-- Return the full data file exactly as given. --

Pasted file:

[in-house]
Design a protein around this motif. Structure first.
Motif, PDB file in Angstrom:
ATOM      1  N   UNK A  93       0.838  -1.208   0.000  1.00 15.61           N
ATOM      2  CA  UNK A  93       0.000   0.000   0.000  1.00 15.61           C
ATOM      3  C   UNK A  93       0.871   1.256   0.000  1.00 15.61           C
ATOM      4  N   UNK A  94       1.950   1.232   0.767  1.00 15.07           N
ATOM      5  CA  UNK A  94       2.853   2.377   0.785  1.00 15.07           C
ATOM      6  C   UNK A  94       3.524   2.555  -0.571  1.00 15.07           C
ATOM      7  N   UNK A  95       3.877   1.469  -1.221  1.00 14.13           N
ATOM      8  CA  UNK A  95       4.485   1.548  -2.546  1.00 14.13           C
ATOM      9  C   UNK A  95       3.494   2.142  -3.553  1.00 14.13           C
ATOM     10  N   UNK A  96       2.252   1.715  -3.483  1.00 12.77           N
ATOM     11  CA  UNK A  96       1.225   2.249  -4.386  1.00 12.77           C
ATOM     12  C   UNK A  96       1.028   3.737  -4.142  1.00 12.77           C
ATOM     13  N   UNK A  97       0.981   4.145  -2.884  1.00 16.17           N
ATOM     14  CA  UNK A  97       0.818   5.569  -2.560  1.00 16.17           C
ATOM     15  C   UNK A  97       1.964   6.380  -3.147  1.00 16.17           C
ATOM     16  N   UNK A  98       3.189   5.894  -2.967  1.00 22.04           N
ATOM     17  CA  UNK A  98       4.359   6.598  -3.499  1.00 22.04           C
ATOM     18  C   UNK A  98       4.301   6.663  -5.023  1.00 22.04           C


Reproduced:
[in-house]
Design a protein around this motif. Structure first.
Motif, PDB file in Angstrom:
ATOM      1  N   UNK A  93       0.838  -1.208   0.000  1.00 15.61           N
ATOM      2  CA  UNK A  93       0.000   0.000   0.000  1.00 15.61           C
ATOM      3  C   UNK A  93       0.871   1.256   0.000  1.00 15.61           C
ATOM      4  N   UNK A  94       1.950   1.232   0.767  1.00 15.07           N
ATOM      5  CA  UNK A  94       2.853   2.377   0.785  1.00 15.07           C
ATOM      6  C   UNK A  94       3.524   2.555  -0.571  1.00 15.07           C
ATOM      7  N   UNK A  95       3.877   1.469  -1.221  1.00 14.13           N
ATOM      8  CA  UNK A  95       4.485   1.548  -2.546  1.00 14.13           C
ATOM      9  C   UNK A  95       3.494   2.142  -3.553  1.00 14.13           C
ATOM     10  N   UNK A  96       2.252   1.715  -3.483  1.00 12.77           N
ATOM     11  CA  UNK A  96       1.225   2.249  -4.386  1.00 12.77           C
ATOM     12  C   UNK A  96       1.028   3.737  -4.142  1.00 12.77           C
ATOM     13  N   UNK A  97       0.981   4.145  -2.884  1.00 16.17           N
ATOM     14  CA  UNK A  97       0.818   5.569  -2.560  1.00 16.17           C
ATOM     15  C   UNK A  97       1.964   6.380  -3.147  1.00 16.17           C
ATOM     16  N   UNK A  98       3.189   5.894  -2.967  1.00 22.04           N
ATOM     17  CA  UNK A  98       4.359   6.598  -3.499  1.00 22.04           C
ATOM     18  C   UNK A  98       4.301   6.663  -5.023  1.00 22.04           C